The active use of official development assistance (ODA), which is one of the most important diplomatic means, in order to support capacity development and nation-building in developing countries as well as to contribute to meet global challenges, serves Japan's own national interests. We will make even greater efforts to implement strategic international cooperation.
We will steadily implement the measures for assistance committed at TICAD IV and the G8 Hokkaido Toyako Summit. Based on the concept of human security, we will actively contribute towards the attainment of the Millennium Development Goals (MDGs) in developing countries including those in Africa, providing assistance in such areas as poverty reduction, education, health, and water and sanitation. At the same time, Japan will also use its ODA actively to provide support for accelerating economic growth in developing countries and economic interactions between Japan and those countries through assisting areas such as a transition to a market economy, establishment of legal institutions, and improvement of trade and investment climates, in addition to the consolidation of peace, democratization and good governance.
We are reinforcing our collaboration with both non-governmental organizations (NGOs) and the private-sector business community and working to increase further the effectiveness of aid by implementing ODA effectively and efficiently and by promoting further improvements in quality.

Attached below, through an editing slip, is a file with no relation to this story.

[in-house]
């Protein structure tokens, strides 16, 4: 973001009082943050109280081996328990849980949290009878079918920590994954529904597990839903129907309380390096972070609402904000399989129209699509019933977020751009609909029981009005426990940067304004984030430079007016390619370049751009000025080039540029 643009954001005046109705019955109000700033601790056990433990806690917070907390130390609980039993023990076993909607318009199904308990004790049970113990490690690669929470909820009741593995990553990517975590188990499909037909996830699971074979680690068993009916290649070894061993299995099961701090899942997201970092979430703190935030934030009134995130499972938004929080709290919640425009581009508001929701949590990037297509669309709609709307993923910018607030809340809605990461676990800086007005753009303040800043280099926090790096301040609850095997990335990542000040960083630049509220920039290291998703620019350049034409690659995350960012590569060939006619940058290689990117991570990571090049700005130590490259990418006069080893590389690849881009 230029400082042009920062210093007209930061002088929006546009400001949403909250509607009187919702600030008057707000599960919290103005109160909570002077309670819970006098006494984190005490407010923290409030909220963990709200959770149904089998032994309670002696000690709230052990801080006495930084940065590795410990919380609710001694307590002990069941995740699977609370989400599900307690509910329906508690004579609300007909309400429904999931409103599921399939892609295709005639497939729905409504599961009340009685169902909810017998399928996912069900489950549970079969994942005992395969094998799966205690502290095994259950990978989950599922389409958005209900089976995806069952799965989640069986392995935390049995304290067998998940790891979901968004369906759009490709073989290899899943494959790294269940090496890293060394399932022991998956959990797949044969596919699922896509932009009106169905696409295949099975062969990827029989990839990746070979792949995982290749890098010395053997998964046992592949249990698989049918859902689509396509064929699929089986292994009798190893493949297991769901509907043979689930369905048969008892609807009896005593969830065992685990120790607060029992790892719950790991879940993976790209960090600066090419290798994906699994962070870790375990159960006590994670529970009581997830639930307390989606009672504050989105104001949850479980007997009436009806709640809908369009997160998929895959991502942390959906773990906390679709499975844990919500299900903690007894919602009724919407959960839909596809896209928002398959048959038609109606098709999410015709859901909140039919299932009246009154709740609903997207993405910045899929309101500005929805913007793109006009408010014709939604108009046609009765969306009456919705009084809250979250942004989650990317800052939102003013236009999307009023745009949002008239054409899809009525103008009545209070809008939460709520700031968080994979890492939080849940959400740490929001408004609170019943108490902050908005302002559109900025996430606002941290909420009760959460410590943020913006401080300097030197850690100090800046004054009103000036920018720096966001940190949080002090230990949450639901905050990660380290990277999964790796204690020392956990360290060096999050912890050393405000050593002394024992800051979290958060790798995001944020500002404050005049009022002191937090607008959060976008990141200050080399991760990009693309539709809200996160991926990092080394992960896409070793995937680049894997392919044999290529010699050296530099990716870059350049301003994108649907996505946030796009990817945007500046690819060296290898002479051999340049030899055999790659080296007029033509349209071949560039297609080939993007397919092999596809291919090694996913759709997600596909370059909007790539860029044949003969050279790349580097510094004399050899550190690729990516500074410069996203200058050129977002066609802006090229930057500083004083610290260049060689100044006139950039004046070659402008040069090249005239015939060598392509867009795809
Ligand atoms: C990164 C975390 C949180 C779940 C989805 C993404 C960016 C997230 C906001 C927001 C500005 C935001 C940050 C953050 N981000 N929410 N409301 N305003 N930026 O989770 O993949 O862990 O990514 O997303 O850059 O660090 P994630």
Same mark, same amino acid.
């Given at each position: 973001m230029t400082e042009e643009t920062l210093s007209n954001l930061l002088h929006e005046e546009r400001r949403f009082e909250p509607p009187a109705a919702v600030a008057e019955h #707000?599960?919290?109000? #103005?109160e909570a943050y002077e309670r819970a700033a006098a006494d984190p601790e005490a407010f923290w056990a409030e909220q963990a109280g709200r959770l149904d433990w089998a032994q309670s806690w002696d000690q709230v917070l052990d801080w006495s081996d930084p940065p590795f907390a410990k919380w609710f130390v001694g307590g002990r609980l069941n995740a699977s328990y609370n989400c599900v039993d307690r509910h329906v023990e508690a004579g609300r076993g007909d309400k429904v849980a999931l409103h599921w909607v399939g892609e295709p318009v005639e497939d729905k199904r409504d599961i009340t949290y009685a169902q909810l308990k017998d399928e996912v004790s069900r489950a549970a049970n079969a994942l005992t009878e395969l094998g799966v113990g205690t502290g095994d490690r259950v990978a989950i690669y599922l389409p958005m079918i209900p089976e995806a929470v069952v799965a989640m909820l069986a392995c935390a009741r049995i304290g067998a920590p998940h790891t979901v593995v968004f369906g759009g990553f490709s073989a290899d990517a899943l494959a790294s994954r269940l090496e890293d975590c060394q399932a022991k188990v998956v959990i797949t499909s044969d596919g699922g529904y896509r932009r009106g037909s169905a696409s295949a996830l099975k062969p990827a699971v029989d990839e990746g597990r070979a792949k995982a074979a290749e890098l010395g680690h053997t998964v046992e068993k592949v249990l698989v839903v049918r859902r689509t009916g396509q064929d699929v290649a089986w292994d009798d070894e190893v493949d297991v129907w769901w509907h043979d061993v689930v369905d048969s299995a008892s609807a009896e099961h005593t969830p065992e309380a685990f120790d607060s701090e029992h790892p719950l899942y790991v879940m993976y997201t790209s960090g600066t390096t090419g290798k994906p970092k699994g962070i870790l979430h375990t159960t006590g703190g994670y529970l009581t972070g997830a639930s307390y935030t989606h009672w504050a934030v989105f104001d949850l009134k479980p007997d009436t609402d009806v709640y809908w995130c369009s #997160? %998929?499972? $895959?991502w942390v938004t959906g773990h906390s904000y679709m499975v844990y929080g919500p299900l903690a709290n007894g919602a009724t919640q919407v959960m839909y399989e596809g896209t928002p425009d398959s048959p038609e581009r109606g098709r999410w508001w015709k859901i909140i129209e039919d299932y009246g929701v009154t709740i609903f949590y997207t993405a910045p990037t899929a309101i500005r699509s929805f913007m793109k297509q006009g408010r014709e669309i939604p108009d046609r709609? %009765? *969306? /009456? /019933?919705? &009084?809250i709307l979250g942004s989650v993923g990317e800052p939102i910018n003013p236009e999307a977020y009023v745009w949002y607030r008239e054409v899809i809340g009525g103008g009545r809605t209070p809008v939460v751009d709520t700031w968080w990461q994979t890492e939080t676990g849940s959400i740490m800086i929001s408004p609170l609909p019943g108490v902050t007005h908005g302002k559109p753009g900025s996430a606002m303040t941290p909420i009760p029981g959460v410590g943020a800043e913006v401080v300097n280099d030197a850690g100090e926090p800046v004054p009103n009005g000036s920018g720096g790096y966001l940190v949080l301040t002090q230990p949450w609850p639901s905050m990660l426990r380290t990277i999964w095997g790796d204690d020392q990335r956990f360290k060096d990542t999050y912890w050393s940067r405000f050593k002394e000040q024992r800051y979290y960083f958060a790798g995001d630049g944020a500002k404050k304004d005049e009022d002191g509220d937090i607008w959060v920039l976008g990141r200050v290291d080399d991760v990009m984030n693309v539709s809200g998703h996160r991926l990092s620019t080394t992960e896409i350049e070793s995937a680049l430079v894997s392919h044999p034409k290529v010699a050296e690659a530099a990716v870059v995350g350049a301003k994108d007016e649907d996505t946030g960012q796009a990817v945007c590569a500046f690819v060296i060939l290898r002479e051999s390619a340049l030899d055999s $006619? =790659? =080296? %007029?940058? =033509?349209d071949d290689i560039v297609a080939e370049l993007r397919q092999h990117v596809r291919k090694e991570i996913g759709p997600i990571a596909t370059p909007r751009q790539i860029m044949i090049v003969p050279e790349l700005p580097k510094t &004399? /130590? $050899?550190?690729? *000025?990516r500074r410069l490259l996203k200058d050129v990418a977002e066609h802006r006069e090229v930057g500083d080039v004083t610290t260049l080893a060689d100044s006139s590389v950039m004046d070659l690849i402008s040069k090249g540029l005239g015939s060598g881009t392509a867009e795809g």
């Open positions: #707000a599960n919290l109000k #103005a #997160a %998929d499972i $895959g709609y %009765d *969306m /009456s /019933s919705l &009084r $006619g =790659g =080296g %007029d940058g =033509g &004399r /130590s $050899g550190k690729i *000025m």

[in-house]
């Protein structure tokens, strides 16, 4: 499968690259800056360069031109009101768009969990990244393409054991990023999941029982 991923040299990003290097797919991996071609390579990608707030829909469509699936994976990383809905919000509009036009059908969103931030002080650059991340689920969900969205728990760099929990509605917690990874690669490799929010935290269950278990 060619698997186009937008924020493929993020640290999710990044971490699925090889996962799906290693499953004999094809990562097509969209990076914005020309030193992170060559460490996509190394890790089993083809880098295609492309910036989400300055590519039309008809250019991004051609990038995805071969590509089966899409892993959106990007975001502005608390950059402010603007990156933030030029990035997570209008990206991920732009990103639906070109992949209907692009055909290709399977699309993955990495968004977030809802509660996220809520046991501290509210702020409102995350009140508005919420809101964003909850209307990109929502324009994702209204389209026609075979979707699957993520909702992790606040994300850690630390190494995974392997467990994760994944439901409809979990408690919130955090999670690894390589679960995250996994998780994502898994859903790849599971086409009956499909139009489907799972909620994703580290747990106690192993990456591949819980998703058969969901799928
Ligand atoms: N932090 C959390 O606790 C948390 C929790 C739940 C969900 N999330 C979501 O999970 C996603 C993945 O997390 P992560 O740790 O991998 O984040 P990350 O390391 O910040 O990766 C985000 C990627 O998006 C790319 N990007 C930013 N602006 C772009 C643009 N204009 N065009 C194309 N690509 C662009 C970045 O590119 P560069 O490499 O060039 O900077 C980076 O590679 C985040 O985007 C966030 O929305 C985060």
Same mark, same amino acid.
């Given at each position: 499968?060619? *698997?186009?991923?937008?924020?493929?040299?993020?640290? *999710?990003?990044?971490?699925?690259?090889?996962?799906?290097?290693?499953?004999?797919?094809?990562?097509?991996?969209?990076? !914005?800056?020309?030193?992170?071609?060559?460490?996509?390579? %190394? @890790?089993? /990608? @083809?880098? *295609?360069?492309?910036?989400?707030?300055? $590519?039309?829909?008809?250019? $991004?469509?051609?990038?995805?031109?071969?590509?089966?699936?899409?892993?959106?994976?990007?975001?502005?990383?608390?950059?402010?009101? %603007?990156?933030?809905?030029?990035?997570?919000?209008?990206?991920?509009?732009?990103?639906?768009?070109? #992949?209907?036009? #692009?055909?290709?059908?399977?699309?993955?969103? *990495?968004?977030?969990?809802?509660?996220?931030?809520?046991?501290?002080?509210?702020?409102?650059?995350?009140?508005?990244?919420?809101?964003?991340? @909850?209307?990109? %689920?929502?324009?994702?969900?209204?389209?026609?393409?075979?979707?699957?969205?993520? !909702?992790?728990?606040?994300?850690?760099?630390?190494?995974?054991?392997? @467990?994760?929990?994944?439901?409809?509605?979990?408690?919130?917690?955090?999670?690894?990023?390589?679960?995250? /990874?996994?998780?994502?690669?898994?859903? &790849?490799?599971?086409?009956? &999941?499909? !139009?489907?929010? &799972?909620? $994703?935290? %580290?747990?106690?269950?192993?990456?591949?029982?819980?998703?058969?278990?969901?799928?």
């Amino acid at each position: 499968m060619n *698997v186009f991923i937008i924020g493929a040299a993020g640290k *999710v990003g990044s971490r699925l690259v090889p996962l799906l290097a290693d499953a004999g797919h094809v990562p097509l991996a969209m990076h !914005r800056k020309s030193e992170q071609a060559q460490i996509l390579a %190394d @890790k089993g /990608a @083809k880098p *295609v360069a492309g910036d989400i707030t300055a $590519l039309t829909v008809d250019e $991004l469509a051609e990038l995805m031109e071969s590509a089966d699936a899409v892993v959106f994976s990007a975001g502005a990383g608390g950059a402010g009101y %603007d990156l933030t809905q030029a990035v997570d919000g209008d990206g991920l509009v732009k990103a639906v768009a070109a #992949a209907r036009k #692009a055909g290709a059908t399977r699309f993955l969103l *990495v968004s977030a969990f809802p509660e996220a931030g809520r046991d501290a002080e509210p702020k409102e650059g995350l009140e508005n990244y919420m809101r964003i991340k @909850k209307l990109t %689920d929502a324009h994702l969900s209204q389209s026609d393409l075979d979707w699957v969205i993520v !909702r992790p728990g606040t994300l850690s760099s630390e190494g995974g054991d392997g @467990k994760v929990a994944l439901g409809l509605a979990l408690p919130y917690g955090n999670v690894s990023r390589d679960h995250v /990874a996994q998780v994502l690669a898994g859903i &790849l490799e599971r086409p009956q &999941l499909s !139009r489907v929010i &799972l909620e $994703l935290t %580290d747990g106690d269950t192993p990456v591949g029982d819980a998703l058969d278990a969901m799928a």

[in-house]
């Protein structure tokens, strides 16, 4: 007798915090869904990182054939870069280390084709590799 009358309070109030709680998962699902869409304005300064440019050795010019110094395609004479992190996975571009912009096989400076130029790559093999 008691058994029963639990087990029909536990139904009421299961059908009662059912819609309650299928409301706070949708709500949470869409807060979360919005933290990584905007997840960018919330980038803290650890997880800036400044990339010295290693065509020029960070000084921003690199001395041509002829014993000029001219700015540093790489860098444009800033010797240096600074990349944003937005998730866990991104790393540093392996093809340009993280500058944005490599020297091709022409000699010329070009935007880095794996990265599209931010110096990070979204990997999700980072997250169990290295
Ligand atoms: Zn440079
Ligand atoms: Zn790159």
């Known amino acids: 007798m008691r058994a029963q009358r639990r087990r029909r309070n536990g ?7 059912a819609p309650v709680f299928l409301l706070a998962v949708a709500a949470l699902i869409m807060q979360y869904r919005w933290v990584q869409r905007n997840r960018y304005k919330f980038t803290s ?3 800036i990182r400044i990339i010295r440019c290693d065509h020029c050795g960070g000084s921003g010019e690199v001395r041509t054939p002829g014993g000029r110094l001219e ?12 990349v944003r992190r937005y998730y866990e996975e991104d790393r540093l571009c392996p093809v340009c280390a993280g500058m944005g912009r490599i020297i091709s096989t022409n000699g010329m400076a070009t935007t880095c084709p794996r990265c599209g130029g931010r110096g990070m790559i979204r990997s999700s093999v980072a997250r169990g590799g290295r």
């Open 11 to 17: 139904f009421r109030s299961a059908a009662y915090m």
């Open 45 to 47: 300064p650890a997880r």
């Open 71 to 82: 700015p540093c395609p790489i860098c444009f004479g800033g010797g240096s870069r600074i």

Strengthening Public Diplomacy and Exchanges with Other Countries
Increasing the understanding and trust that other countries have in the basic orientation of Japan's foreign policy, such as in the policy areas I have just discussed, contributes to the smooth advancement of our foreign policy. For this reason, Japan will undertake dynamic public diplomacy. In addition, Japan will strategically engage in public relations regarding points of cultural appeal, from traditional culture to pop culture, while promoting the Japanese language and intellectual exchanges as well. In addition to proactively providing assistance with the bidding activities that will bring about the holding of the Olympic Games in Tokyo in 2016, we will further promote exchanges in the area of sports.